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International Journal of Cell Biology
Volume 2012, Article ID 931956, 10 pages
Review Article

Forms, Crosstalks, and the Role of Phospholipid Biosynthesis in Autophagy

1Department of Human Health and Nutritional Sciences, University of Guelph, 50 Stone Road East, Guelph, ON, Canada N1G 2W1
2Department of Human Health and Nutritional Sciences, University of Guelph, Animal Science and Nutrition Building, Room 346, Guelph, ON, Canada N1G 2W1

Received 1 August 2011; Revised 4 October 2011; Accepted 13 October 2011

Academic Editor: Liza Pon

Copyright © 2012 Leanne Pereira et al. This is an open access article distributed under the Creative Commons Attribution License, which permits unrestricted use, distribution, and reproduction in any medium, provided the original work is properly cited.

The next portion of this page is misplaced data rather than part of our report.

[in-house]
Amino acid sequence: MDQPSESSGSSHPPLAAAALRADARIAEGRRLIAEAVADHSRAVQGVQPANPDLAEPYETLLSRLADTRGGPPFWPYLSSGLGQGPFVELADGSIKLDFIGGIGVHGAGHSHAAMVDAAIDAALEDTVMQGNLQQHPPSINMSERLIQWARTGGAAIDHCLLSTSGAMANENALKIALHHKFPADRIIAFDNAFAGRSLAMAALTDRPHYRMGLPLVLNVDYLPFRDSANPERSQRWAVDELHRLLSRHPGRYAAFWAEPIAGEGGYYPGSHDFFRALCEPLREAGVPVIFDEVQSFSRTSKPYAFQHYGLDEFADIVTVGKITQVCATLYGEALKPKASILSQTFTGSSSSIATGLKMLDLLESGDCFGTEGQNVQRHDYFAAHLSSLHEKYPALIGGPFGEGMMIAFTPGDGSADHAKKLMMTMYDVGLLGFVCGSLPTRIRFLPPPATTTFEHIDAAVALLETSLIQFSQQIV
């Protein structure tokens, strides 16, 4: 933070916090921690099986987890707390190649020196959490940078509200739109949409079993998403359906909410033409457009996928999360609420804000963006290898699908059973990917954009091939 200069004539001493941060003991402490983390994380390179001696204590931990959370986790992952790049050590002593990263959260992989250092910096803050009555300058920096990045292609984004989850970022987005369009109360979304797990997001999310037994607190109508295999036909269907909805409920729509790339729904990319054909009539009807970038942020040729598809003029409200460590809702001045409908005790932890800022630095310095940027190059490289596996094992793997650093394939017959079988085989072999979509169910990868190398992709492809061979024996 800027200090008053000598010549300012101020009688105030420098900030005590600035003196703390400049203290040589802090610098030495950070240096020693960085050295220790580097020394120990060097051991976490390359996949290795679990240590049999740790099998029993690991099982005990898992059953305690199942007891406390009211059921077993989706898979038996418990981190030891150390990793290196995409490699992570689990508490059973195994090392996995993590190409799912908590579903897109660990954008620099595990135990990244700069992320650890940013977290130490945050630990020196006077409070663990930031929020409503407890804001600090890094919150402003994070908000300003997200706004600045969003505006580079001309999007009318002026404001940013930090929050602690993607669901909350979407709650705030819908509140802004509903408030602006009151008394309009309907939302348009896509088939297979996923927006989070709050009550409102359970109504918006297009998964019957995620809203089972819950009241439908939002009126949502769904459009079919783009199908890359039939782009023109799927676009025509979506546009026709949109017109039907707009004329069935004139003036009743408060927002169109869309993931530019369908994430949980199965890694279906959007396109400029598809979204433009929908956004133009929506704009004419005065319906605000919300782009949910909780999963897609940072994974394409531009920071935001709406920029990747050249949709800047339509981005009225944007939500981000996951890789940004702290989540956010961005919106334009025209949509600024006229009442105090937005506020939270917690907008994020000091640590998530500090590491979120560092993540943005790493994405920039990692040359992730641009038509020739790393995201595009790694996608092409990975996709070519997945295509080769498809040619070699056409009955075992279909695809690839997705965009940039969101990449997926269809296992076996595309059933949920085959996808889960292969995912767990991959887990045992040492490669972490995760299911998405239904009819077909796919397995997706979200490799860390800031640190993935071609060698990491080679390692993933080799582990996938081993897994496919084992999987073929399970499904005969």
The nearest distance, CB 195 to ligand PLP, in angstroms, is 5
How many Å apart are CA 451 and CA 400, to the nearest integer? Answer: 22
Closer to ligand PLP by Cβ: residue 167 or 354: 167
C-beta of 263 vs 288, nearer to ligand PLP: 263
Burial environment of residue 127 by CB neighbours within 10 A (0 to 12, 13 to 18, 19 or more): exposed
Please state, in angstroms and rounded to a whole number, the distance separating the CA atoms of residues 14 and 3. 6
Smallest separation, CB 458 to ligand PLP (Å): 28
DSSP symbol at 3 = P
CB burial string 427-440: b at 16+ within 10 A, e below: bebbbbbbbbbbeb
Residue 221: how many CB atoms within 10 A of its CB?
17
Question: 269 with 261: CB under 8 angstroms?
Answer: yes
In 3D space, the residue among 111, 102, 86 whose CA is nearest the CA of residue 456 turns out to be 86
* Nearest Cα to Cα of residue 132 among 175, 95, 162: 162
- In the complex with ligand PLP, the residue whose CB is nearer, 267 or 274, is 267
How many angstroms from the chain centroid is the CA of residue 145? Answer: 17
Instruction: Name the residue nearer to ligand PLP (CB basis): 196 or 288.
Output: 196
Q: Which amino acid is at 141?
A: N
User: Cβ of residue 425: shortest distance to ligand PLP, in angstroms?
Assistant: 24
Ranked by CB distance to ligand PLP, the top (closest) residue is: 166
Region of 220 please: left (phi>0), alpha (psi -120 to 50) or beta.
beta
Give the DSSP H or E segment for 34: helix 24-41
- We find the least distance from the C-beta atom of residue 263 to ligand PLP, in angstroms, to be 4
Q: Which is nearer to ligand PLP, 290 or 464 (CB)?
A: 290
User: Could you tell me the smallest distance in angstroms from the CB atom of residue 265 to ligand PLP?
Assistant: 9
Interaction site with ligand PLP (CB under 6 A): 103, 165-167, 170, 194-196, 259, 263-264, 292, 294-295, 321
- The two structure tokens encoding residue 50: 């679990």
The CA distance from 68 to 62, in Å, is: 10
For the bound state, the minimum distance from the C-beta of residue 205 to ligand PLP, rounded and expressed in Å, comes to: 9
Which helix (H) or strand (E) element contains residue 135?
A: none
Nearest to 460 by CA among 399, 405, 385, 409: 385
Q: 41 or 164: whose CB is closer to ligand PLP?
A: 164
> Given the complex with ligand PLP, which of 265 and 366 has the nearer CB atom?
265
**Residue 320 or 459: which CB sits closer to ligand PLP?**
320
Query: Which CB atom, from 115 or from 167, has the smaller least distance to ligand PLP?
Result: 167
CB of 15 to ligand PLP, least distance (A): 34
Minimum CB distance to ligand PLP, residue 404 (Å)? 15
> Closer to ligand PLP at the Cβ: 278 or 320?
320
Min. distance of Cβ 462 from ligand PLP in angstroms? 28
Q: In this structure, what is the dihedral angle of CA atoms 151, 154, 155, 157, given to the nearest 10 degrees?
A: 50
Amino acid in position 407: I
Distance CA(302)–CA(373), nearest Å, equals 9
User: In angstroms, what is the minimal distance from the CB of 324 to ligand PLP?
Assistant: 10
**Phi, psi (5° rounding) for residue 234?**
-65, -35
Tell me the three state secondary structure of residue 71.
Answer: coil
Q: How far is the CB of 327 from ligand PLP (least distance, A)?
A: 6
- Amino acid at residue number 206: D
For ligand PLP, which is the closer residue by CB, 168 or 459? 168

Autophagy is a highly conserved cellular process occurring during periods of stress to ensure a cell's survival by recycling cytosolic constituents and making products that can be used in energy generation and other essential processes. Three major forms of autophagy exist according to the specific mechanism through which cytoplasmic material is transported to a lysosome. Chaperone-mediated autophagy is a highly selective form of autophagy that delivers specific proteins for lysosomal degradation. Microautophagy is a less selective form of autophagy that occurs through lysosomal membrane invaginations, forming tubes and directly engulfing cytoplasm. Finally, macroautophagy involves formation of new membrane bilayers (autophagosomes) that engulf cytosolic material and deliver it to lysosomes. This review provides new insights on the crosstalks between different forms of autophagy and the significance of bilayer-forming phospholipid synthesis in autophagosomal membrane formation.